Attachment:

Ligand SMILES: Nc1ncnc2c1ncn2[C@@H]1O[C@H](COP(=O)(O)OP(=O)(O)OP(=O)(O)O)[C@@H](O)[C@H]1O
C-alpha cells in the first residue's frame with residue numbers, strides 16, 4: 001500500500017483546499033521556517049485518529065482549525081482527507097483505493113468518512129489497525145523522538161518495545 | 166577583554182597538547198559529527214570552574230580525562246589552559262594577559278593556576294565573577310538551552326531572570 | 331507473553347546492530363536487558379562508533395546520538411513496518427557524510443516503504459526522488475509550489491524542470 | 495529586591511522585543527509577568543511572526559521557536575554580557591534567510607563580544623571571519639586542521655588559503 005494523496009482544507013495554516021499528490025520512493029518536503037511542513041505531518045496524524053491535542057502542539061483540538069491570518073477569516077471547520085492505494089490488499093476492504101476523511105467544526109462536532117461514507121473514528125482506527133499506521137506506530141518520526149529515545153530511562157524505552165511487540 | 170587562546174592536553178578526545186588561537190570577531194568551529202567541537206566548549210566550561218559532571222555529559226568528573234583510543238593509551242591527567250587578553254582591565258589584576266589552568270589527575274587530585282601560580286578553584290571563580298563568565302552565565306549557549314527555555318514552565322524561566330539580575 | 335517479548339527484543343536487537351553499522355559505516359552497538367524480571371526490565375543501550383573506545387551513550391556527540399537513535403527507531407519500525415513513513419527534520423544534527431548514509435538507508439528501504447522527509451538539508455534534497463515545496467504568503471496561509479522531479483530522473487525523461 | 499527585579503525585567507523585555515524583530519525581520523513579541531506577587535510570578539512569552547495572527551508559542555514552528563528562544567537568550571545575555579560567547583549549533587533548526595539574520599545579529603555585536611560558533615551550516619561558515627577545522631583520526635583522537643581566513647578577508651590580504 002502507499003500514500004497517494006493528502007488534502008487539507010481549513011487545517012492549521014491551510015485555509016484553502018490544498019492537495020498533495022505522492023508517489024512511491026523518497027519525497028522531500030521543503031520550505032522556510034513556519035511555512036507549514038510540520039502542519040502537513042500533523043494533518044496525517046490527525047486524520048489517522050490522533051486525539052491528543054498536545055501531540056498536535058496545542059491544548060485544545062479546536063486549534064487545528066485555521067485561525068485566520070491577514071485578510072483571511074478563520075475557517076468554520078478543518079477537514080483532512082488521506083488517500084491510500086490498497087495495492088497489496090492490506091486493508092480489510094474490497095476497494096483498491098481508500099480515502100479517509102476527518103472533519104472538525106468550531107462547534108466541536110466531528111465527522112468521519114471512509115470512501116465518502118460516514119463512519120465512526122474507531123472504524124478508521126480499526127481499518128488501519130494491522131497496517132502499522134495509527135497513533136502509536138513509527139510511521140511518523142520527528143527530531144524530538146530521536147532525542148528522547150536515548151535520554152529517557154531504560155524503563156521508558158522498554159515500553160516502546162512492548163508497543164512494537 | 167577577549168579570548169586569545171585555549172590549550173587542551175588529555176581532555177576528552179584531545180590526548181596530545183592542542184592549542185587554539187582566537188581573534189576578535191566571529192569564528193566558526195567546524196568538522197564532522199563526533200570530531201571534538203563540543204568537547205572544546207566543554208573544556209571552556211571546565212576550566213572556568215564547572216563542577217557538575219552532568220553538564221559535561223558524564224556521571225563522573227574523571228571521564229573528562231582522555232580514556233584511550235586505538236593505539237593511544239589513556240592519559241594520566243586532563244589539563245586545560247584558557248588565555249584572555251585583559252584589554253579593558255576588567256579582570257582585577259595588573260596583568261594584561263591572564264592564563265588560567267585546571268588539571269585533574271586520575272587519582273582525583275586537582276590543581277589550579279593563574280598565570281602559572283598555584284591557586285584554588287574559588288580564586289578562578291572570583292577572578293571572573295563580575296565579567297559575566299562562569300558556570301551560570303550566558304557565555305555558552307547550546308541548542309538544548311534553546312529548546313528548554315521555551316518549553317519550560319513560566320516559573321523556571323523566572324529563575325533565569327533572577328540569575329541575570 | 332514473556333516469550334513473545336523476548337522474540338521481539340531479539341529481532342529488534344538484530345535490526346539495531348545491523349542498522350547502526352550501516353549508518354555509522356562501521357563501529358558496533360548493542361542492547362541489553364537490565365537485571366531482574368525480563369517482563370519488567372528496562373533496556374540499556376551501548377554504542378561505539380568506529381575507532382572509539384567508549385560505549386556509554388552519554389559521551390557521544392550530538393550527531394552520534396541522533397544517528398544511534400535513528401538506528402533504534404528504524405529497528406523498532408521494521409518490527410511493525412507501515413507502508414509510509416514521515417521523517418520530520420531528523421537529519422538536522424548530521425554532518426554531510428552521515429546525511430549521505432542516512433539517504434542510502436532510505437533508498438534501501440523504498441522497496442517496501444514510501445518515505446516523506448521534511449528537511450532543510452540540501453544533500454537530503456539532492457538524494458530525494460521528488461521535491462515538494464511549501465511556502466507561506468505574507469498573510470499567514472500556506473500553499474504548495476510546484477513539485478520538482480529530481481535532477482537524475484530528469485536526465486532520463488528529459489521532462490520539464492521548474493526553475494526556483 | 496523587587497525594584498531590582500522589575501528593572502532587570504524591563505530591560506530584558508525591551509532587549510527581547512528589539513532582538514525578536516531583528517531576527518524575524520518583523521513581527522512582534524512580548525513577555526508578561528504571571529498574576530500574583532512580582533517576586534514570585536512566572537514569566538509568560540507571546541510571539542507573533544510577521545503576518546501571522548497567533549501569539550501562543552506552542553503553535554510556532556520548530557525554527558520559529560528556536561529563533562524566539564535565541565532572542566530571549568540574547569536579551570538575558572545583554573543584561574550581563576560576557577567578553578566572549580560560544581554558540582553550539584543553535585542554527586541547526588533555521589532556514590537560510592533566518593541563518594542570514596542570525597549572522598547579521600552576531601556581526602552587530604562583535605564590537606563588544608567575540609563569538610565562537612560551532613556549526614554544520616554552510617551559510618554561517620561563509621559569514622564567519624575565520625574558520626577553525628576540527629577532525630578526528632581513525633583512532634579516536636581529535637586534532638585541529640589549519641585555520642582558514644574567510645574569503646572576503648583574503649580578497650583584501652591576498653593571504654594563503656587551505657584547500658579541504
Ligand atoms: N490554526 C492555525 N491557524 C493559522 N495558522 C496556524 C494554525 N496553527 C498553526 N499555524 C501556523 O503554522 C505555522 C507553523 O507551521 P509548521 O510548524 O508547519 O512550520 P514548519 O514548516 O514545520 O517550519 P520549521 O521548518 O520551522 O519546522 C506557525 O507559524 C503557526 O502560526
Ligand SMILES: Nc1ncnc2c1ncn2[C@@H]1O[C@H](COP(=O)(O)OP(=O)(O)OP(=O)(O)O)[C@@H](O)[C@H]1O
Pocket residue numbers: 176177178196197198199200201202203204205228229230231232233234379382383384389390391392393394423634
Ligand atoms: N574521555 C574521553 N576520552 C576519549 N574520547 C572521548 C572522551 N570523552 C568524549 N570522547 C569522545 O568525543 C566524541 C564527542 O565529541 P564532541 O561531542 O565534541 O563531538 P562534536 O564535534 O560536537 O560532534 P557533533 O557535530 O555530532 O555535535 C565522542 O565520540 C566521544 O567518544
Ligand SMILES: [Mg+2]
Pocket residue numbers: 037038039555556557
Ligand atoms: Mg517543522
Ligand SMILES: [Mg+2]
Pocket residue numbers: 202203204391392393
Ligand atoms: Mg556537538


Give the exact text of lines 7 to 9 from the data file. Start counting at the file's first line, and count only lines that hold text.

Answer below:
Ligand SMILES: [Mg+2]
Pocket residue numbers: 037038039555556557
Ligand atoms: Mg517543522